Wednesday, April 25, 2007

Where are the OSS billionaires?

Woke up this morning, blogosphere alight with about 40 blogs on the topic. Many of the article quote yours truly's "white paper" where I had written "I for one do not believe there will be an OSS billionaires club". I had written that in 2003, quoting a panel where Linus was talking at Stanford, back in 1998.

That was what, 10 years ago?

We asked ourselves the exact same question, which in itself is part of the answer. It intrigues me how the OSS community seems to recycle the same topics and if they were news items (Linux on the desktop! Aliens make billions from FREE software!).

Each time we discuss the topic with passion, intelligence and ultimately, short memory. Do we suffer from collective 10 years amnesia? We look like fish in a bowl, at every turn of the bowl we look like we have never been here and we ask with bewilderement, 10 years later, "where are all the OSS billionaires?". Let's go for another round, shall we?

In retrospect, I am glad we were on the money, at JBoss, in more ways than one, with "Professional Open Source". Our insight was to "PAY PEOPLE FOR WORK". What a fucking concept. I needed a PhD in difficult stuff to come up with that one.

I am proud we set an example for many young developers where they understand they can make a living at their passion. I still don't think the OSS billionaires club will be big, possible empty for the next 10 years unless Larry Ellison decides to buy RHT and stand alone in the club. I think we will see the emergence of privately held OSS companies as partnerships. Large ones. Public markets have minted billionaires, large consultancies will make money for a few select partners that are "equity partners". It is a cash flow business, a nice one. Larger than lifestyle companies, smaller than public companies.

Well I am personally not doing bad these days, and thank my lucky star every morning. A lot of my JBoss friends are doing just fine. See you in another 10 years gold fishes. Hopefully someone will have beaten the game by then. Look to build large privately held partnerships boys and girls, beware of VCs, drop me a note for help.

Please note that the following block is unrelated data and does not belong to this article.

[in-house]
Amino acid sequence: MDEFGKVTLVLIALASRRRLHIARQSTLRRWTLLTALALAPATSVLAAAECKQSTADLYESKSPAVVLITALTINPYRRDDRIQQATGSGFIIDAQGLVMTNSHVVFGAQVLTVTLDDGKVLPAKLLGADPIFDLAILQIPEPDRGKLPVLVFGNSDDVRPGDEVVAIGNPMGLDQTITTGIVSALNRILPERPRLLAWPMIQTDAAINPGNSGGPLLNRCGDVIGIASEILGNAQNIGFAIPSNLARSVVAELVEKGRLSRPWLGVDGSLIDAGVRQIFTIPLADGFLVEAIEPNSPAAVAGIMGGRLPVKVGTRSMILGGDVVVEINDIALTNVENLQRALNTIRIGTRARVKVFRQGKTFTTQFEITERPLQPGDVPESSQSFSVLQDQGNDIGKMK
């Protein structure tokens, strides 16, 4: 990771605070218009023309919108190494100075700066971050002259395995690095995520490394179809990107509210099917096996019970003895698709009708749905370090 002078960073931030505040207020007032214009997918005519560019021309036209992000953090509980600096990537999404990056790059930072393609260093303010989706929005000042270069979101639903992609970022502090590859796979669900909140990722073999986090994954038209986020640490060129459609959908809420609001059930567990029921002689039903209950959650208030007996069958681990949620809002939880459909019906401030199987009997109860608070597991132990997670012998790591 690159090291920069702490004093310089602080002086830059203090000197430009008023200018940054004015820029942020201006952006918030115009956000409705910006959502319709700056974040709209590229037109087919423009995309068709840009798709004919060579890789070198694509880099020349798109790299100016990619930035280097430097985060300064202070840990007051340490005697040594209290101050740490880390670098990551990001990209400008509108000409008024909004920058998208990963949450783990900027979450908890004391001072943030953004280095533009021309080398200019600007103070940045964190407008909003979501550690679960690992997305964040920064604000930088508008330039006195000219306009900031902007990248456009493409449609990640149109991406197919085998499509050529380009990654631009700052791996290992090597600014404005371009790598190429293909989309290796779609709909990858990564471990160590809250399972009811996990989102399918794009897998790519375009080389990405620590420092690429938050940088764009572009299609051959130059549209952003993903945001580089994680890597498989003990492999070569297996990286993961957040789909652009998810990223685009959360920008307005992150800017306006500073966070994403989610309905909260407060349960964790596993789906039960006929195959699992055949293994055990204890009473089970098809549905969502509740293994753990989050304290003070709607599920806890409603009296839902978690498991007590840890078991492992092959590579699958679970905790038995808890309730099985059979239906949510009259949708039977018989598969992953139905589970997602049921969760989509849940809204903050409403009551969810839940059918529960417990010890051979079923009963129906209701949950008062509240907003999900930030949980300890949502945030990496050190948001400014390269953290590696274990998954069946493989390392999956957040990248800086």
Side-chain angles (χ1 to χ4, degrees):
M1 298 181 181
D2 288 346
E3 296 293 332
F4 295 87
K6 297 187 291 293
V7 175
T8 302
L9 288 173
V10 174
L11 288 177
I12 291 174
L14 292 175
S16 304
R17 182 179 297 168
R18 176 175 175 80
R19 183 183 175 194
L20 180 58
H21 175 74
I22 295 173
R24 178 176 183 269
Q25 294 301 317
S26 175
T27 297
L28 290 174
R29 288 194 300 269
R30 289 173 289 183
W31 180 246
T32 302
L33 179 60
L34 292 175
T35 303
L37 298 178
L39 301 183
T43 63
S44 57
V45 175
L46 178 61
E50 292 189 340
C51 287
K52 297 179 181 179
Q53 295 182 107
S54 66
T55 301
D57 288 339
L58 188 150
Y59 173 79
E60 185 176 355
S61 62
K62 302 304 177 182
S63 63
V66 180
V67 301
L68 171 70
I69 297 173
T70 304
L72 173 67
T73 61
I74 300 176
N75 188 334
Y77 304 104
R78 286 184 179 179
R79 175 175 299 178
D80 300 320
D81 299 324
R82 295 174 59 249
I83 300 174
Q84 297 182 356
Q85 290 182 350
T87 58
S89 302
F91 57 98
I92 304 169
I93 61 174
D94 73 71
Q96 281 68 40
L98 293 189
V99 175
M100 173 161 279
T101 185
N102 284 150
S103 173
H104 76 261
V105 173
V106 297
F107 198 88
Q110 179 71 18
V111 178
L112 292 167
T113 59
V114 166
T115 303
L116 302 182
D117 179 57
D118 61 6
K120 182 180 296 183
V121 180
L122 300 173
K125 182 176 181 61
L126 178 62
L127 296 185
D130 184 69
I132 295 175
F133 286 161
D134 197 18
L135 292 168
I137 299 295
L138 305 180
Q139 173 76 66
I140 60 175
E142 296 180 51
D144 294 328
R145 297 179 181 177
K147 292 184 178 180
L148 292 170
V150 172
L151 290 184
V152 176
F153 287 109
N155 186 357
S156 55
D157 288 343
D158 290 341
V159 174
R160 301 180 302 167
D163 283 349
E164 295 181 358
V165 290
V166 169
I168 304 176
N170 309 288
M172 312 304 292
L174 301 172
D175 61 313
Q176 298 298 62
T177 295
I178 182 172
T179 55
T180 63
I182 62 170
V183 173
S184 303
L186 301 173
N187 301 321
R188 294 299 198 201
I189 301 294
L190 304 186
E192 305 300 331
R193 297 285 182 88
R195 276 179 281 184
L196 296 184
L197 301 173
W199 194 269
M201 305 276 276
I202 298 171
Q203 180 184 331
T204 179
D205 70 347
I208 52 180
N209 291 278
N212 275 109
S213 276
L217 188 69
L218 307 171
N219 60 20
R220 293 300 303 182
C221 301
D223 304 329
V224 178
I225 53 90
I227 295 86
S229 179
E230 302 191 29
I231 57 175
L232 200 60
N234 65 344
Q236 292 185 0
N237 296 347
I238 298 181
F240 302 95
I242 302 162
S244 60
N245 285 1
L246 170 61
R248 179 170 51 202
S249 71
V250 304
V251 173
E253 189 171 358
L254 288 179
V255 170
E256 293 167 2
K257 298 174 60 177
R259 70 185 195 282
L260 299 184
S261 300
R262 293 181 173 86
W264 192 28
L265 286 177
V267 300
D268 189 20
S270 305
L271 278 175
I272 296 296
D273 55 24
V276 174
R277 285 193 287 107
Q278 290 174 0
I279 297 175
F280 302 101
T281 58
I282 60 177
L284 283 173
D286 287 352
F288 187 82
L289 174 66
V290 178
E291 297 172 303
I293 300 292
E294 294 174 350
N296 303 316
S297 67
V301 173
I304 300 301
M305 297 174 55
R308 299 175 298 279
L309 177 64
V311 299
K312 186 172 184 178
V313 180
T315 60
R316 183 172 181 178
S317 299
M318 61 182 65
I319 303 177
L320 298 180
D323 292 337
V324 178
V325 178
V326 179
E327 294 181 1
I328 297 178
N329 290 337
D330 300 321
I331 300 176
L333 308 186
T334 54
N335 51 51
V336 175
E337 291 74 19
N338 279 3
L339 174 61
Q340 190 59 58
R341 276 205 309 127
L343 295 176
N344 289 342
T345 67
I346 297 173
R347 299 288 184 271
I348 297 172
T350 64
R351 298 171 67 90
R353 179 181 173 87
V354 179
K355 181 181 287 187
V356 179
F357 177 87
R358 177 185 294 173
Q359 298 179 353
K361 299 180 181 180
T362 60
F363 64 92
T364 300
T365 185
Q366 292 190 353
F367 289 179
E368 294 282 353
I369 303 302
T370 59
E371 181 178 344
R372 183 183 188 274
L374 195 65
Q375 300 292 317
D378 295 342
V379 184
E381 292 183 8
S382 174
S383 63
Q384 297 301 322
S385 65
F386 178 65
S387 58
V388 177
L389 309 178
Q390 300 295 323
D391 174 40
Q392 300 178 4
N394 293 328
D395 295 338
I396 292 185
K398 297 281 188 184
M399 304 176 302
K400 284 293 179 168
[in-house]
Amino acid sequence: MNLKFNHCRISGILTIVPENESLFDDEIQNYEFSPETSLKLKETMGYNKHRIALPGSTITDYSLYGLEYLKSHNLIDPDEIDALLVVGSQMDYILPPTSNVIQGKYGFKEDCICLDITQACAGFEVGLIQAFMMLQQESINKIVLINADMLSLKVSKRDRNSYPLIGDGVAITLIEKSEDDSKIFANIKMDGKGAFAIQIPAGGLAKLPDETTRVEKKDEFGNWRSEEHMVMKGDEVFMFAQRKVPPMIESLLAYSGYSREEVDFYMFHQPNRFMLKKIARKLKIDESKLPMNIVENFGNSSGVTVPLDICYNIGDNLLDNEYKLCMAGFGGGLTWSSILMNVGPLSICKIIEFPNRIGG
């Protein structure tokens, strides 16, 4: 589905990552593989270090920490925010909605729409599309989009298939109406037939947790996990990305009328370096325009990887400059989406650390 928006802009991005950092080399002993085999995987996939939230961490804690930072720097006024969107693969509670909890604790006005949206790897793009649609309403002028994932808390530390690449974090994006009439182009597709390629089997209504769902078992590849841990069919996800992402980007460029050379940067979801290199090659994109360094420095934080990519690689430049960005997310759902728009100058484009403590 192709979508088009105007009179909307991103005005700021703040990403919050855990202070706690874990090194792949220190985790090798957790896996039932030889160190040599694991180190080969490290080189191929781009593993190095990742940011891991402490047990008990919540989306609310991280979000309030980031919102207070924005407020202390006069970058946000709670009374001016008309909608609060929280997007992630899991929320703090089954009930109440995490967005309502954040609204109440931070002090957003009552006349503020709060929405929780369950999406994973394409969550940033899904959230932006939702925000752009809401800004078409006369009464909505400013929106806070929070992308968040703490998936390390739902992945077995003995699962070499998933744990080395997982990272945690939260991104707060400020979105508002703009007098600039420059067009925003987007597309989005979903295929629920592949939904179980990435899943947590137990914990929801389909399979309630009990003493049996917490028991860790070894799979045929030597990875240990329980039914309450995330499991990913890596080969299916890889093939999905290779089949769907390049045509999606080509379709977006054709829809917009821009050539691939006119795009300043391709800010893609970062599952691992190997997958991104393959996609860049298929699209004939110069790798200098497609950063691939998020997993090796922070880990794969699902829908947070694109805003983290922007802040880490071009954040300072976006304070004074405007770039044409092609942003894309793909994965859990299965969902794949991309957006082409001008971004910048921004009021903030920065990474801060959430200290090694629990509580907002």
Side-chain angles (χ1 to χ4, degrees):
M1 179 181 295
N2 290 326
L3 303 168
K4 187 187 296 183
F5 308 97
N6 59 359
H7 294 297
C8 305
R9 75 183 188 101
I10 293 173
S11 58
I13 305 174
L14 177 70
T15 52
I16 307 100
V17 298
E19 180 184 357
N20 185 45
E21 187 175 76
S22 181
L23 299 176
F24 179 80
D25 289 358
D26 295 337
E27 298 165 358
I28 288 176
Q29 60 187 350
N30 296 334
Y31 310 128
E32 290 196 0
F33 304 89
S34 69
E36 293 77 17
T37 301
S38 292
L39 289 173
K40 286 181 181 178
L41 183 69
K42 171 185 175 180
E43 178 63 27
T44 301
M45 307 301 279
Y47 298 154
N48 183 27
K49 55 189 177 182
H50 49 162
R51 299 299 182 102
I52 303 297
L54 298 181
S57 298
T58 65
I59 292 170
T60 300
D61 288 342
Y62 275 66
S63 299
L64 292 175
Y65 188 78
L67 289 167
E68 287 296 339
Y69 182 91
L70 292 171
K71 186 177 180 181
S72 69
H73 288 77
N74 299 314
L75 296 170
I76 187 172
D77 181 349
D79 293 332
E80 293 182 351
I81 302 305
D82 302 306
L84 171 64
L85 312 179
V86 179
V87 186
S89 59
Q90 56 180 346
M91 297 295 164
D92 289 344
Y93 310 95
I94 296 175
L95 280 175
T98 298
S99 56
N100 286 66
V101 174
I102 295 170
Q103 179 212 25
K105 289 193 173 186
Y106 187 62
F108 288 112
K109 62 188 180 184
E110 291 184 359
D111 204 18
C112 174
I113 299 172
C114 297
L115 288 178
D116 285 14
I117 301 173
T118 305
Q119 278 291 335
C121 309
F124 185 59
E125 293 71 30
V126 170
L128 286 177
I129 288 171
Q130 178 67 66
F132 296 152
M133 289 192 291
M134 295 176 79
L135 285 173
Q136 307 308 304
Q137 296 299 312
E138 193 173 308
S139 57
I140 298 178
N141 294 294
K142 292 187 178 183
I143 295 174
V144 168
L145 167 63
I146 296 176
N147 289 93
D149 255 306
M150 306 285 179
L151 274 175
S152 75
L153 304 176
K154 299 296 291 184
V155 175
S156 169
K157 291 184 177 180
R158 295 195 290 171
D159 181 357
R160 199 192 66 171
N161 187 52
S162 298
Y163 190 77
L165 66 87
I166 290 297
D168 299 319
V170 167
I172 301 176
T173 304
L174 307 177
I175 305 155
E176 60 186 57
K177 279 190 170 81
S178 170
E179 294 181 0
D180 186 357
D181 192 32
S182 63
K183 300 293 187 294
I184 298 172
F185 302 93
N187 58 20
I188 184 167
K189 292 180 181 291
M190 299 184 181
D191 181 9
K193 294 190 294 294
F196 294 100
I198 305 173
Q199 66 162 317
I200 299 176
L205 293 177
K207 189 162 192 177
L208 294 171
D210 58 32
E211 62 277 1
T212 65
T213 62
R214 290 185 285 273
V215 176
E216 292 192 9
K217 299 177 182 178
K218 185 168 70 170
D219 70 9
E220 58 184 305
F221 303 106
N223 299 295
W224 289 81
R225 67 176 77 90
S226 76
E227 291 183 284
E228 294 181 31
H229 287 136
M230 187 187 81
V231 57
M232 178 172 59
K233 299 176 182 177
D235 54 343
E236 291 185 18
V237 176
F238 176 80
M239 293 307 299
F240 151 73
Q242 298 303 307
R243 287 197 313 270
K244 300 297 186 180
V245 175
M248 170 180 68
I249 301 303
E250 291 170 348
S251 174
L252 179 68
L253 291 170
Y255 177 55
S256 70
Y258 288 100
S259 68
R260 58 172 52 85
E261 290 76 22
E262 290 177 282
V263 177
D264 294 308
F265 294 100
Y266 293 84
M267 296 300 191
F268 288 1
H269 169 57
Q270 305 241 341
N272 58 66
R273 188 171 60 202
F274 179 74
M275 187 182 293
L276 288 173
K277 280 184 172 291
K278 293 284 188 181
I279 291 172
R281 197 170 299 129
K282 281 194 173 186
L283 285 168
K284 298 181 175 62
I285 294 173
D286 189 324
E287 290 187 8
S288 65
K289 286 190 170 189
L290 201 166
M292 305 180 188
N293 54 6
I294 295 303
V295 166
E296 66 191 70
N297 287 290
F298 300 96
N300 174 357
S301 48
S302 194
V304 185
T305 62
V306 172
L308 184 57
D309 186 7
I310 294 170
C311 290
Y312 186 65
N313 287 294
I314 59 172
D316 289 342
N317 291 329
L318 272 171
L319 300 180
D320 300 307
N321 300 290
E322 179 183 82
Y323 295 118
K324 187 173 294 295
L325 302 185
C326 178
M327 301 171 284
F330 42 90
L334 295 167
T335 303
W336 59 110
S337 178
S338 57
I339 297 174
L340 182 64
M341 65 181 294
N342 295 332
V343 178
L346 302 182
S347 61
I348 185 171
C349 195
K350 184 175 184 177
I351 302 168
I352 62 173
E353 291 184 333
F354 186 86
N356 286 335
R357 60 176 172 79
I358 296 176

Andrew C. Oliver said...

I'm still betting on you to be the first one to do it or get close...once you get off of your ass ;-) I don't think there will be a one-company open source billionaire. I think it will be more of a holding company multi-serial something open source billionaire.

Roy Russo said...

What, Andy? Not betting on me to be the first? I'm hurt. ;-)

Andrew C. Oliver said...

You a billionaire Roy? That is a scary thought. On the other hand Blackwater is probably thrilled at the prospect of invading a small country for you.

marcf said...

getting off my arse, yes, that is the plan.

I am enjoying the time-off though, I read a ton, I am enjoying the raw information.

I want to dance to the beat of a different drum.

marcf said...

roy, blacwater...
ick, scary thought

marcf said...

Oh, and Andy...

I hear you man... it is an interesting concept. From concept to reality is where the difficulty lies... as I said in the article one of my current conclusions is that a large partnership probably an optimal structure. Capital need is fuzzy, either medium or large.

That's the different drum.


Roy Russo said...

I will confess, if I was a billionaire, I would likely have my own private army.

Anyway... to Fleury's point. He advocates organic growth, which I agree with. Big money partnerships are the way to go in this scenario, as they act as seed (or series A) funding. However, it is not easy to get those big money partnerships until one has some traction, ie. a few customers under your belt.

My $0.02.

Jason said...

Marc, if you're still bored, drive
one of these around Wall St. ;)

On a serious note, with everything going towards ASPs, software licensing in general may eventually become moot, although obviously not anytime soon.

An interesting aspect of a holding company is that if a project fails you still have the talent, and can reallocate them somewhere else. The key is of course inspiring (retaining) them.

P.S. Where is the blog about CERN?


Andrew C. Oliver said...

I disagree that everything is going towards ASP. I think the consumer and small business market is going towards ASP. And even parts of the former are constrained by physical realities and gratification limitations (even though there is Amazon, there are still book stores, Marc drives an actual porsche and doesn't just play "Need for Speed"). The latter is constrained by regulation (sarbox means NOT everyone will be using Gmail) and the desire to control your business information/quality of response ("sorry, you're not the only one affected by the latest, rest assured our largest customers should be up and running by the end of the day").

Marcf, agreed. As a matter of preventing WWIII we must prevent Roy from ever becoming a billionaire.

Andrew C. Oliver said...

As far as capital (and no I'm not asking for money, I have enough problems haha), grassroots that too. I don't see you as a great front-man for other people's money. You don't make a good thumb puppet. :-)


marcf said...


I have a CERN blog ready, haven't gotten around to publishing that is all. Will do.